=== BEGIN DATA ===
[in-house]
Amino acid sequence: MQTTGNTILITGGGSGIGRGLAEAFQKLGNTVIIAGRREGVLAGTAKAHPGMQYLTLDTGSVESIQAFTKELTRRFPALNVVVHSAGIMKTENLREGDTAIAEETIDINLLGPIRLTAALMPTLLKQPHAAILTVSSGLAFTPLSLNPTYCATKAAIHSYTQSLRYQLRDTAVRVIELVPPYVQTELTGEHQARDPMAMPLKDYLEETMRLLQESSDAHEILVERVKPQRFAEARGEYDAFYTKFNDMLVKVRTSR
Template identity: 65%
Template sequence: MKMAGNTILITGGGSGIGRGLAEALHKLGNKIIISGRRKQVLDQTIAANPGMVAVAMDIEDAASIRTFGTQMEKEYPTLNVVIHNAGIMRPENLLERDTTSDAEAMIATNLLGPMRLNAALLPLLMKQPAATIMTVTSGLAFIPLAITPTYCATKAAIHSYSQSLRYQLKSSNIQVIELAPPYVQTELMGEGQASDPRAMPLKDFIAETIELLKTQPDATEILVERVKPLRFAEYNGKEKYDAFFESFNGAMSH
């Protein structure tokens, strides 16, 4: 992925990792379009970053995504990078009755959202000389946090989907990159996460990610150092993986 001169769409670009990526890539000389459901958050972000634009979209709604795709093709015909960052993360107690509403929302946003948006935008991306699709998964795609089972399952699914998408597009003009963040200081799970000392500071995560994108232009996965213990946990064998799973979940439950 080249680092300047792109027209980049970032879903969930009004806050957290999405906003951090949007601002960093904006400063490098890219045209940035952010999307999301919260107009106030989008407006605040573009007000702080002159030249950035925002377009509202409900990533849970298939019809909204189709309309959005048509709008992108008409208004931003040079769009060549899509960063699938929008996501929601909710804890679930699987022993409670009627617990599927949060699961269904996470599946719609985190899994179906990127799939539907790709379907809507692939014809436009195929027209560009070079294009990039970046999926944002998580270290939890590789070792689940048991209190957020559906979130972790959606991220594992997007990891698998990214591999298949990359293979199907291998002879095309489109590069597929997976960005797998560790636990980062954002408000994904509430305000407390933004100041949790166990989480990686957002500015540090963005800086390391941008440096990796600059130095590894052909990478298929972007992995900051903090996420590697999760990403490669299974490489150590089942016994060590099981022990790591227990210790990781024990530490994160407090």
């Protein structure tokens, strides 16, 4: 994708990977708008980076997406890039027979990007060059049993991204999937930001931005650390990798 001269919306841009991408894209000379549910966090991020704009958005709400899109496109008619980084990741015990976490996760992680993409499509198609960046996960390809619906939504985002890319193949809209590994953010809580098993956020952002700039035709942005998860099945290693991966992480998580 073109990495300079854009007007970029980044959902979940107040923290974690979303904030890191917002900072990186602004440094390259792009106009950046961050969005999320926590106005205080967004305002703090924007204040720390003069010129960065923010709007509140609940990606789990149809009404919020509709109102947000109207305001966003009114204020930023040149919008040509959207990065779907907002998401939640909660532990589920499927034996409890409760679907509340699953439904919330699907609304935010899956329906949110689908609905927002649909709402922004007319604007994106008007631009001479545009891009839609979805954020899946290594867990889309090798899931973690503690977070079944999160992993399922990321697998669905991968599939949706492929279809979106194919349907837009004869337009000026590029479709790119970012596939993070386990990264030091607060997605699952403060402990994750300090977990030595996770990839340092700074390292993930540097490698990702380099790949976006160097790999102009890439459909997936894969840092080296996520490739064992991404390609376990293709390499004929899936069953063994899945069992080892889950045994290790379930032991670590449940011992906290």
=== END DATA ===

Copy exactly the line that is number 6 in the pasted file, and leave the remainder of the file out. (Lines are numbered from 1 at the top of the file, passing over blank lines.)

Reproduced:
């Protein structure tokens, strides 16, 4: 994708990977708008980076997406890039027979990007060059049993991204999937930001931005650390990798 001269919306841009991408894209000379549910966090991020704009958005709400899109496109008619980084990741015990976490996760992680993409499509198609960046996960390809619906939504985002890319193949809209590994953010809580098993956020952002700039035709942005998860099945290693991966992480998580 073109990495300079854009007007970029980044959902979940107040923290974690979303904030890191917002900072990186602004440094390259792009106009950046961050969005999320926590106005205080967004305002703090924007204040720390003069010129960065923010709007509140609940990606789990149809009404919020509709109102947000109207305001966003009114204020930023040149919008040509959207990065779907907002998401939640909660532990589920499927034996409890409760679907509340699953439904919330699907609304935010899956329906949110689908609905927002649909709402922004007319604007994106008007631009001479545009891009839609979805954020899946290594867990889309090798899931973690503690977070079944999160992993399922990321697998669905991968599939949706492929279809979106194919349907837009004869337009000026590029479709790119970012596939993070386990990264030091607060997605699952403060402990994750300090977990030595996770990839340092700074390292993930540097490698990702380099790949976006160097790999102009890439459909997936894969840092080296996520490739064992991404390609376990293709390499004929899936069953063994899945069992080892889950045994290790379930032991670590449940011992906290």